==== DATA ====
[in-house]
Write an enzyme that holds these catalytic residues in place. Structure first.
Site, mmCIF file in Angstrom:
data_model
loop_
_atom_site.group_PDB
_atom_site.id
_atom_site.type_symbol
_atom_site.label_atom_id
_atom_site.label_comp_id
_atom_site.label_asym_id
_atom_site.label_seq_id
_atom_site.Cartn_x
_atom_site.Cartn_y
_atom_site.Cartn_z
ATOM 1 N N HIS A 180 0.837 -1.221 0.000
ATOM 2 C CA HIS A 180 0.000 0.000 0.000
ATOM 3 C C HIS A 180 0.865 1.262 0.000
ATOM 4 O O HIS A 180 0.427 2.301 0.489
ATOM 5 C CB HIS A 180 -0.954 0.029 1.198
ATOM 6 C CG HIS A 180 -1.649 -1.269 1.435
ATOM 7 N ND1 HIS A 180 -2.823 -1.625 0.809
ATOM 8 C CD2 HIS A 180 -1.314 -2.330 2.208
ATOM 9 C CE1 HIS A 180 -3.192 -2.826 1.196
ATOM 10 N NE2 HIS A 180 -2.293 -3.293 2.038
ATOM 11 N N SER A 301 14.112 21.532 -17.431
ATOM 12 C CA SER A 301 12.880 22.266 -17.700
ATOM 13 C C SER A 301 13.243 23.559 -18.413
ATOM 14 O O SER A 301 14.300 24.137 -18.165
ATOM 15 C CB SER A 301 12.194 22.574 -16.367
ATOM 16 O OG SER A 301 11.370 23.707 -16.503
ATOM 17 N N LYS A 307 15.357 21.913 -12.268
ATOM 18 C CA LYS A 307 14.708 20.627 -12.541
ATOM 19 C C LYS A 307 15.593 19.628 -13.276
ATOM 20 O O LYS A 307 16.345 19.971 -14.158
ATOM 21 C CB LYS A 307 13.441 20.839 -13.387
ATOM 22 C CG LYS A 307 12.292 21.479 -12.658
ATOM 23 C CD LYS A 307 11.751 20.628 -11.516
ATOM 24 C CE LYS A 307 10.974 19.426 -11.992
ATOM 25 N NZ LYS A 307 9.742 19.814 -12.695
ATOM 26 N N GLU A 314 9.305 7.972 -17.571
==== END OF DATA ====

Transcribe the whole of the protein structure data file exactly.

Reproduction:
[in-house]
Write an enzyme that holds these catalytic residues in place. Structure first.
Site, mmCIF file in Angstrom:
data_model
loop_
_atom_site.group_PDB
_atom_site.id
_atom_site.type_symbol
_atom_site.label_atom_id
_atom_site.label_comp_id
_atom_site.label_asym_id
_atom_site.label_seq_id
_atom_site.Cartn_x
_atom_site.Cartn_y
_atom_site.Cartn_z
ATOM 1 N N HIS A 180 0.837 -1.221 0.000
ATOM 2 C CA HIS A 180 0.000 0.000 0.000
ATOM 3 C C HIS A 180 0.865 1.262 0.000
ATOM 4 O O HIS A 180 0.427 2.301 0.489
ATOM 5 C CB HIS A 180 -0.954 0.029 1.198
ATOM 6 C CG HIS A 180 -1.649 -1.269 1.435
ATOM 7 N ND1 HIS A 180 -2.823 -1.625 0.809
ATOM 8 C CD2 HIS A 180 -1.314 -2.330 2.208
ATOM 9 C CE1 HIS A 180 -3.192 -2.826 1.196
ATOM 10 N NE2 HIS A 180 -2.293 -3.293 2.038
ATOM 11 N N SER A 301 14.112 21.532 -17.431
ATOM 12 C CA SER A 301 12.880 22.266 -17.700
ATOM 13 C C SER A 301 13.243 23.559 -18.413
ATOM 14 O O SER A 301 14.300 24.137 -18.165
ATOM 15 C CB SER A 301 12.194 22.574 -16.367
ATOM 16 O OG SER A 301 11.370 23.707 -16.503
ATOM 17 N N LYS A 307 15.357 21.913 -12.268
ATOM 18 C CA LYS A 307 14.708 20.627 -12.541
ATOM 19 C C LYS A 307 15.593 19.628 -13.276
ATOM 20 O O LYS A 307 16.345 19.971 -14.158
ATOM 21 C CB LYS A 307 13.441 20.839 -13.387
ATOM 22 C CG LYS A 307 12.292 21.479 -12.658
ATOM 23 C CD LYS A 307 11.751 20.628 -11.516
ATOM 24 C CE LYS A 307 10.974 19.426 -11.992
ATOM 25 N NZ LYS A 307 9.742 19.814 -12.695
ATOM 26 N N GLU A 314 9.305 7.972 -17.571